Plato once said that “poetry is nearer to vital truth than history.” I see that to be an undeniable truth. Writing poetry is documenting your own person in a cryptic message to be both analyzed and admired. Often times I try to extract myself from my poetry; I will pick a random passerby and make them the subject of my poetic fantasies. It usually isn’t until my poems are read by other people who point out how utterly personal they are, that I become aware of portraying my own psyche. Whether you are aware of it or not each poem you write is intricately linked to you in one of the most personal and raw ways possible. The same goes with all forms of creativity. The craziest most unbelievable story can grow from what was once a grain of truth.
Together we will pick through these personal parts of ourselves, read them, listen to them and savor them. To be able to listen to another’s poetry is one of the most personal and rewarding creative experiences to have, and I can’t wait to see these personal glimpses of yourselves that you will share.
There have been many times in my creative writing classes that I’ve expressed some of my deepest emotions and fears but told the class that I took someone else’s experience and crafted it into the poem that I was presenting. Keep this in mind when you bring your poetry to the workshops, for your own work, and in respect to others’ work, too You can be as personal as you want and hide behind the guise of creativity and imagination, you can have your poem admired and analyzed, as well as yourself. Even though I would often tell myself this in my creative writing class, (that they didn’t know just how personal these poems and stories were), their critiques would still cut deep. One time someone suggested I changed one word in my poem but I loved it so much that I argued with them on why the word was essential for the poem to make sense in its entirety. Eventually, I learned to take the critiques lightly, that they were just personal suggestions that the reader has made in order to enhance the poem in their eyes. I also learned that sometimes these critiques can be thrown out the window if you are really that adamant about the choices you have made. At the end of the day, it’s still your voice, your words, and your poem.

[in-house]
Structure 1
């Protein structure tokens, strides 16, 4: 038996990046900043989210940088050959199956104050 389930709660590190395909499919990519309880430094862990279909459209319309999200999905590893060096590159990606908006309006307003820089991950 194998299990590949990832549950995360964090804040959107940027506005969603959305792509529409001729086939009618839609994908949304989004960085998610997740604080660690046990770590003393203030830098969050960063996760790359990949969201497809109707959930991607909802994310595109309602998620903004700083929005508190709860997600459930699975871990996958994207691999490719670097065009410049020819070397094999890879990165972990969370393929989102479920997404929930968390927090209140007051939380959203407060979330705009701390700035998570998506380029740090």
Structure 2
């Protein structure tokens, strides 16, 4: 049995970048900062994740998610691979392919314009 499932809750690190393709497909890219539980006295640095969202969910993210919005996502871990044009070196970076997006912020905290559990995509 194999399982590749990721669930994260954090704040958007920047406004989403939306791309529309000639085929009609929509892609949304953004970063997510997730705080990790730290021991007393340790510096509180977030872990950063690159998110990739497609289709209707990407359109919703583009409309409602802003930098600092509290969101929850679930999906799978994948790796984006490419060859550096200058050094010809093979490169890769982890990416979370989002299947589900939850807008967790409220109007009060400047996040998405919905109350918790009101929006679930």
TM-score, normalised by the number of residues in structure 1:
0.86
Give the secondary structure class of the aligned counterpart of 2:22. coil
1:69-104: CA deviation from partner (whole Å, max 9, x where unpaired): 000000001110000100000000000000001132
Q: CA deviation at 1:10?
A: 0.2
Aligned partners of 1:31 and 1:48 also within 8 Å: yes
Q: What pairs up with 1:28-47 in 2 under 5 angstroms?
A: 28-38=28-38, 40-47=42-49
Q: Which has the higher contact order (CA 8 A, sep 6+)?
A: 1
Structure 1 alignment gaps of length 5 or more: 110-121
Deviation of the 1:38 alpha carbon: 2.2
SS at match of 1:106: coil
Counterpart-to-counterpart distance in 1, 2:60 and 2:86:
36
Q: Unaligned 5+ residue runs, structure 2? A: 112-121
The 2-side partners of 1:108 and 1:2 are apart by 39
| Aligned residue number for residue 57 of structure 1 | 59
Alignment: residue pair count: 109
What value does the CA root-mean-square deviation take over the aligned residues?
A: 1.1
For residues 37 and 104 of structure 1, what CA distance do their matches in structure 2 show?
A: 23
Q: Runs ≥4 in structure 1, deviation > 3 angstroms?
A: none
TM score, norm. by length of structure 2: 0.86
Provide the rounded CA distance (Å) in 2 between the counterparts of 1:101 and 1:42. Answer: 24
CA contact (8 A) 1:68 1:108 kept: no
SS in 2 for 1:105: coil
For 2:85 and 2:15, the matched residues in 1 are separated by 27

I remember what it feels like to feel so vulnerable in front of a room of people that you hardly know, hearing them critique some of the most raw parts of your poem that you think would be better left untouched. In a world where strength and invincibility is admired, the virtues of vulnerability and openness are often pushed aside. Sometimes it’s ok to let your guard down and let the world see the thoughts and feelings you keep to yourself, even if they are hidden behind the guise of poetry and imagination.
And just to show that I can also be vulnerable below is a picture of one of my poems and a single critique that sparked a near 15 minute argument with my suite mates. In my creative writing class some of the students wanted me to change the word “since” to “and” but I argued that the whole reason she has thorns is because she’s a rebel, if you change the word “since” to “and” it just changes the entire meaning of the sentence! (This is an argument that still bothers me to this very day, I am very particular about the order and selection of specific words in poems).
See You Soon,